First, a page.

I Need An Adult is a reading group aimed at parents of 4 to 7 year old children. Parents of any age children welcome.
This month the club will be discussing Twenty Days With Julian and Little Bunny by Nathaniel Hawthorne.
On July 28, 1851, Nathaniel Hawthorne's wife Sophia and daughters Una and Rose left their house in Western Massachusetts to visit relatives near Boston. Hawthorne and his five-year-old son Julian stayed behind. How father and son got along over the next three weeks is the subject of this tender and funny extract from Hawthorne's notebooks.
"At about six o'clock I looked over the edge of my bed and saw that Julian was awake, peeping sideways at me." Each day starts early and is mostly given over to swimming and skipping stones, berry-picking and subduing armies of thistles. There are lots of questions ("It really does seem as if he has baited me with more questions, references, and observations, than mortal father ought to be expected to endure"), a visit to a Shaker community, domestic crises concerning a pet rabbit, and some poignant moments of loneliness ("I went to bed at about nine and longed for Phoebe"). And one evening Mr. Herman Melville comes by to enjoy a late-night discussion of eternity over cigars.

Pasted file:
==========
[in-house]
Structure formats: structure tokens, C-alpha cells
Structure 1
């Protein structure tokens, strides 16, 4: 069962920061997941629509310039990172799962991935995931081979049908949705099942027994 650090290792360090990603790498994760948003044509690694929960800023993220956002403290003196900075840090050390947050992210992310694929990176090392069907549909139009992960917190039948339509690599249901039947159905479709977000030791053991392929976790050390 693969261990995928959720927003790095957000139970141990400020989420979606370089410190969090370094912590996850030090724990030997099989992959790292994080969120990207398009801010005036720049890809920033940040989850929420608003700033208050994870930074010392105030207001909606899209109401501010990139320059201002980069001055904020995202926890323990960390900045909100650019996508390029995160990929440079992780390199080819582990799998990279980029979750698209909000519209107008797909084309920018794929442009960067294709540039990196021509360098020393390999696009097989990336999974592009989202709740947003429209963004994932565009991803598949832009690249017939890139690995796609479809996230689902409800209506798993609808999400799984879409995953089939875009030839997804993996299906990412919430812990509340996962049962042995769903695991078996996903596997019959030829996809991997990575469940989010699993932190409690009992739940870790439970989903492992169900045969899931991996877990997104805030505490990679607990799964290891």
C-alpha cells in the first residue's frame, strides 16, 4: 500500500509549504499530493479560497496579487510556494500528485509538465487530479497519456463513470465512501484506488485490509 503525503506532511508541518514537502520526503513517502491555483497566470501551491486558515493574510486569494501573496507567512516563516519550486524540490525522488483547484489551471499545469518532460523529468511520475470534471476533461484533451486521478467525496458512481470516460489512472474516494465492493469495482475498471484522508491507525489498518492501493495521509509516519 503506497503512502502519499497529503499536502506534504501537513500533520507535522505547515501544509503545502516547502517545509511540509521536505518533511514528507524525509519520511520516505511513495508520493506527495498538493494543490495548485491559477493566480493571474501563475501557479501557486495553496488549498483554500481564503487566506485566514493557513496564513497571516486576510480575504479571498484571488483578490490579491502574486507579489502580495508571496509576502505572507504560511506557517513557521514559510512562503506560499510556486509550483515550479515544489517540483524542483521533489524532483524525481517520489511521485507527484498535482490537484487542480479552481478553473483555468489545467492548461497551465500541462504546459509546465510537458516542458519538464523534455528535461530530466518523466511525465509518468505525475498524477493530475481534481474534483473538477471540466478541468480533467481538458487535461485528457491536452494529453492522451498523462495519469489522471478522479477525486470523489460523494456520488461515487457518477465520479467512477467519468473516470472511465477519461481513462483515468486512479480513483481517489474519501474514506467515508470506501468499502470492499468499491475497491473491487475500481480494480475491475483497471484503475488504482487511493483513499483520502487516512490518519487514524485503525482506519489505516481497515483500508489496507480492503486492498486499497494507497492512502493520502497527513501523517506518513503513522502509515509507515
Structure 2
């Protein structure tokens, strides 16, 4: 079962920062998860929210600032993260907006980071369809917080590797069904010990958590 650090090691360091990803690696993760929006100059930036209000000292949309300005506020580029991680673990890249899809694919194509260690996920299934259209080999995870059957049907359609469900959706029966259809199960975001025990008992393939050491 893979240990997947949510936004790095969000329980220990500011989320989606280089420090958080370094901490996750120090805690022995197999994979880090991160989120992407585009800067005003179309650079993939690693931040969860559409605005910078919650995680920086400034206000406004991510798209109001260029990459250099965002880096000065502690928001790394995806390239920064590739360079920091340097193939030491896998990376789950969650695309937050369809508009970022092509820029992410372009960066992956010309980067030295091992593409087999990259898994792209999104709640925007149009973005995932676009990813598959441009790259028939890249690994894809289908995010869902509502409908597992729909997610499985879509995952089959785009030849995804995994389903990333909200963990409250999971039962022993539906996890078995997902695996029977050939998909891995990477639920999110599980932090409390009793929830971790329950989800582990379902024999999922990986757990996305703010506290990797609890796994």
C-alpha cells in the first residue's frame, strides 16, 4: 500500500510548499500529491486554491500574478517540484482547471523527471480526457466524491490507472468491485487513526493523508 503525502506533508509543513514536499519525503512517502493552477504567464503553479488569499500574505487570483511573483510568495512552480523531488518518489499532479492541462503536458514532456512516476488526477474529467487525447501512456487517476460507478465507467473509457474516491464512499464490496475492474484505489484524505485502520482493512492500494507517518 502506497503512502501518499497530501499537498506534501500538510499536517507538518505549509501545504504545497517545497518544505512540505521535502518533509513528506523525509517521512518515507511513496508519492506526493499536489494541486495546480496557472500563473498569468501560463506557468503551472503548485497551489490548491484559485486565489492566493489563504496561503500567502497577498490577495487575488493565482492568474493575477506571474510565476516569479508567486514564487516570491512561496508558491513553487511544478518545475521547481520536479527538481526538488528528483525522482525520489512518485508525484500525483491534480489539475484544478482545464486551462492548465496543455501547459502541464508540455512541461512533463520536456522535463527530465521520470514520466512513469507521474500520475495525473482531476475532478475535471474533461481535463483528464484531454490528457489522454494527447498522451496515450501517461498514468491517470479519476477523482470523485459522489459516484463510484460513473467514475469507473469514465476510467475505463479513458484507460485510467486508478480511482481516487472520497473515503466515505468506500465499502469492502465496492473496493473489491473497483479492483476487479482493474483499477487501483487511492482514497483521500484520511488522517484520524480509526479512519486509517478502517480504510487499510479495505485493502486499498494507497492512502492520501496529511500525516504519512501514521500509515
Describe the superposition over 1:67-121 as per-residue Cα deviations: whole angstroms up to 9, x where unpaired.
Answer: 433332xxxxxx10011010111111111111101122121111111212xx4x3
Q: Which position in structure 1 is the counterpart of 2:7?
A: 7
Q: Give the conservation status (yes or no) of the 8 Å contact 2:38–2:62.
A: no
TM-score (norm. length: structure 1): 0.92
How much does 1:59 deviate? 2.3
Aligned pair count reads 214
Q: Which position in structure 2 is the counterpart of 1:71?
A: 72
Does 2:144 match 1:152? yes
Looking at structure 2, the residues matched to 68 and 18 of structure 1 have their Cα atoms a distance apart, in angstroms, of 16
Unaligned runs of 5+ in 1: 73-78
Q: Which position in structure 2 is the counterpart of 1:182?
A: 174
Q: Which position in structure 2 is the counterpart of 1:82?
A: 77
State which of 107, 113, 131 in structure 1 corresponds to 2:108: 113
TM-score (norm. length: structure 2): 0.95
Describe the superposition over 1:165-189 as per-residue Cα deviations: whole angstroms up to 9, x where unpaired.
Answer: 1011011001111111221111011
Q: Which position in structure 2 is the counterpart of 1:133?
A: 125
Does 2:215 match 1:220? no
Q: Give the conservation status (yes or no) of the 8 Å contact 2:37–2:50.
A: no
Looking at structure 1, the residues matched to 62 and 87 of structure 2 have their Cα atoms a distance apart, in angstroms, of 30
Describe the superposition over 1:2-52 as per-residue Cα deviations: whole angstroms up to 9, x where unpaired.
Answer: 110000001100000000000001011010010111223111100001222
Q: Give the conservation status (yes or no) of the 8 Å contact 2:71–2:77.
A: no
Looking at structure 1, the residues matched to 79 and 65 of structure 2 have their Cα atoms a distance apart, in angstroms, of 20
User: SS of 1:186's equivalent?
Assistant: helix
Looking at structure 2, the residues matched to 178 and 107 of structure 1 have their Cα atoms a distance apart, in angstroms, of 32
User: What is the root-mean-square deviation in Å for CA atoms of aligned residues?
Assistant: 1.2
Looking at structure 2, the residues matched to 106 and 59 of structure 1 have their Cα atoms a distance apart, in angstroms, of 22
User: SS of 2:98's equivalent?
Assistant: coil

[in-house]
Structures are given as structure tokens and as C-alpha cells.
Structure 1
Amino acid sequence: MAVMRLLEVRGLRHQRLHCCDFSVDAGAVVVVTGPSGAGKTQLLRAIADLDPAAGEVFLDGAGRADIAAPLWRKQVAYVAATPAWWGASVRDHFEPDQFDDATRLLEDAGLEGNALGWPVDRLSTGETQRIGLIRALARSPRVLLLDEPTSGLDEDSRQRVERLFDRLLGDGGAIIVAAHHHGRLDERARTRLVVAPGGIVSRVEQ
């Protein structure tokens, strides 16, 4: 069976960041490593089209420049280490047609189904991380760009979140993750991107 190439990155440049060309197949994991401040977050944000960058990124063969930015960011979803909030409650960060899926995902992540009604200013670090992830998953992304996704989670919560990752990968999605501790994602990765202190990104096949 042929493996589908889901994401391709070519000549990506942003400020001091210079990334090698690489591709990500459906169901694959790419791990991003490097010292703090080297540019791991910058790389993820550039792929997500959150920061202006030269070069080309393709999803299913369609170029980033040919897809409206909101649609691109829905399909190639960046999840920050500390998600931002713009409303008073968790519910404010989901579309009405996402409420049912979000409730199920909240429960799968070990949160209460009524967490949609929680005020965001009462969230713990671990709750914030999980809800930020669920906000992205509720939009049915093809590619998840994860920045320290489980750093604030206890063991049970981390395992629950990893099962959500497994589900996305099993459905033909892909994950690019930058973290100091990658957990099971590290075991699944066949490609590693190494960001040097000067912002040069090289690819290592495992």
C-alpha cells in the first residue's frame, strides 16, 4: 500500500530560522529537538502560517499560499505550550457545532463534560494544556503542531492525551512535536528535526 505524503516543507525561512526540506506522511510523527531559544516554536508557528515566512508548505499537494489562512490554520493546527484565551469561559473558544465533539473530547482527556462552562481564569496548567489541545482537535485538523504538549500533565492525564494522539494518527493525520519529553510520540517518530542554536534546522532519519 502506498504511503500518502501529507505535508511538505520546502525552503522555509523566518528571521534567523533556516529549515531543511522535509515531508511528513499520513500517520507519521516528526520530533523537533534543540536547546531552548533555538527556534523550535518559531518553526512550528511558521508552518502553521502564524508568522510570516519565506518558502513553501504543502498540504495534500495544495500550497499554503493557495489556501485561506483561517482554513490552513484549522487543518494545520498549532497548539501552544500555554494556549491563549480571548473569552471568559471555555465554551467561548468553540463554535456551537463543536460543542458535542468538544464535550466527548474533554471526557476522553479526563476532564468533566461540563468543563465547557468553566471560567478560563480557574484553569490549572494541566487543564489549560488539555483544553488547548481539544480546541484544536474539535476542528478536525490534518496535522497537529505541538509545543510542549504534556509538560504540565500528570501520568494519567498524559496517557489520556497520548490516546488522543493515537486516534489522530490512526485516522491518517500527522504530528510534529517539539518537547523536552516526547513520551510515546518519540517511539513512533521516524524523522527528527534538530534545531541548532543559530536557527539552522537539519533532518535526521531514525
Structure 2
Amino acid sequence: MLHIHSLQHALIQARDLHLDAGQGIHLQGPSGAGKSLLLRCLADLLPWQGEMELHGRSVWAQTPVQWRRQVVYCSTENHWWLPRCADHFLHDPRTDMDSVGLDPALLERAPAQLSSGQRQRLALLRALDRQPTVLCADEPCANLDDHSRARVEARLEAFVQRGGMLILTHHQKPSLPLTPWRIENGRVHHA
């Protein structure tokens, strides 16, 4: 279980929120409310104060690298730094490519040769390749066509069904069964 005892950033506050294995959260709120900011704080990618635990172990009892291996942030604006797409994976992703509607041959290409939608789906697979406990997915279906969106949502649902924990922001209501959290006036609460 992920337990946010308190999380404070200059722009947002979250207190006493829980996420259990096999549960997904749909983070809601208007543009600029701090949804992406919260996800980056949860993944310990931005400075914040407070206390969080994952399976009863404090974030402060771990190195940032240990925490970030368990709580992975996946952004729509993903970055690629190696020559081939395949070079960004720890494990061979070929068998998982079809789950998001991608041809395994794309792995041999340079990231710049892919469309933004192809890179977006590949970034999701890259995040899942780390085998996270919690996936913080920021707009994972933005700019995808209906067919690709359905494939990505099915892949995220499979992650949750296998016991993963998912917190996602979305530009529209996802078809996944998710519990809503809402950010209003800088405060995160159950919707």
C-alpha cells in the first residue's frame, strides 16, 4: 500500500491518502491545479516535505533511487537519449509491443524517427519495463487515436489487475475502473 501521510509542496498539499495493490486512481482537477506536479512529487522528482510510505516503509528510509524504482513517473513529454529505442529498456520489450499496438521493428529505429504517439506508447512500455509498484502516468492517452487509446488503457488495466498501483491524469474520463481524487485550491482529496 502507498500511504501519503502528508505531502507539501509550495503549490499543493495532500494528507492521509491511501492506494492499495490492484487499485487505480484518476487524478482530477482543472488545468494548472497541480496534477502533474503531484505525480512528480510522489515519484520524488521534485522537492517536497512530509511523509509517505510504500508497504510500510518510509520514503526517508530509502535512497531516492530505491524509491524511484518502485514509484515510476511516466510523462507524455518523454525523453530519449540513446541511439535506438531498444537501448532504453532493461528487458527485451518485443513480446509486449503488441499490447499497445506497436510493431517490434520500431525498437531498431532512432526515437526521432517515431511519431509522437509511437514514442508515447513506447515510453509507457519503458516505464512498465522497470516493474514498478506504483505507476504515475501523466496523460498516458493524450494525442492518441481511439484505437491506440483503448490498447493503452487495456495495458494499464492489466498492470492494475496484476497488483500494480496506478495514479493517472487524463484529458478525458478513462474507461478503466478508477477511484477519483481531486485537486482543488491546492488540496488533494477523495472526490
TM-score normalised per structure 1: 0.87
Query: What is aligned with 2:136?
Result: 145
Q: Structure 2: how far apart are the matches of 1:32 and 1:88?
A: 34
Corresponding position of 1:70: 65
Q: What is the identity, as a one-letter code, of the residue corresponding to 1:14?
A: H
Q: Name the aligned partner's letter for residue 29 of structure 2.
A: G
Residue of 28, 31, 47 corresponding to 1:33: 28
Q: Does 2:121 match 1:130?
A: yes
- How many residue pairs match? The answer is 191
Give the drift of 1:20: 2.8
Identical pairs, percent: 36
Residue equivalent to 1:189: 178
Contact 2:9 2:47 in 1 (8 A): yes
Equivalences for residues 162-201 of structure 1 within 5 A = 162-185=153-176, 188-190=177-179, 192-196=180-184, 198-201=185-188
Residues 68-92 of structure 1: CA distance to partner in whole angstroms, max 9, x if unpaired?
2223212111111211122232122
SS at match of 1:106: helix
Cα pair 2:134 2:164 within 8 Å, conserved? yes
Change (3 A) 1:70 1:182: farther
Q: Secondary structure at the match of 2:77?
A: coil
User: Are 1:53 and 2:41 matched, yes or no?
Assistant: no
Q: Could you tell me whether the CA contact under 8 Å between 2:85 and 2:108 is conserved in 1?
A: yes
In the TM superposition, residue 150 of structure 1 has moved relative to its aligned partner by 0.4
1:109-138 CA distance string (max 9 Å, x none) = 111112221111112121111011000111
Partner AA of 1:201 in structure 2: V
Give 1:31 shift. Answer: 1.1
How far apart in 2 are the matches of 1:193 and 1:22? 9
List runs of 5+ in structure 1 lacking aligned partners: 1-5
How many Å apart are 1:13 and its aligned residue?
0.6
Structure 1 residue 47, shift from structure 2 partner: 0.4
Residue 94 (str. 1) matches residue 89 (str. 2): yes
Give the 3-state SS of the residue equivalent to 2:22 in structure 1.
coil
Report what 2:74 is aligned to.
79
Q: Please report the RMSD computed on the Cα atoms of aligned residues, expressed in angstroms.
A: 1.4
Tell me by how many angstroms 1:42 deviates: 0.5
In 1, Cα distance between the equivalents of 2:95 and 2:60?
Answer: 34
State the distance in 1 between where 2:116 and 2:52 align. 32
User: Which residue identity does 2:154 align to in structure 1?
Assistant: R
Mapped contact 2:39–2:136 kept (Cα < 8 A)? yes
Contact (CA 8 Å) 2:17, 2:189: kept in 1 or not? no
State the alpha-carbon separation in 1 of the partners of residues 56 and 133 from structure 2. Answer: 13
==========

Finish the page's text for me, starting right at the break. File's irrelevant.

Gone is the density and brooding of his fictional prose, replaced by straightforward recording and clearly registered observation expressed in everyday vocabulary. An undemanding parent, he quite adores his son, though Julian's volubility astounds and occasionally wearies him. He likes to call the little boy "the old gentleman," but otherwise there is nothing precious or sentimental in his writing about him. The journal is a tiny classic of parental writing about children. - Booklist, Ray Olson
Born on the fourth of July in 1804, Nathaniel Hawthorne wrote the stories that lie at the heart of the American Romantic movement. His portraits of colonial life reflect his Puritan heritage and offer fascinating profiles of individuals who strive for freedom from social conventions.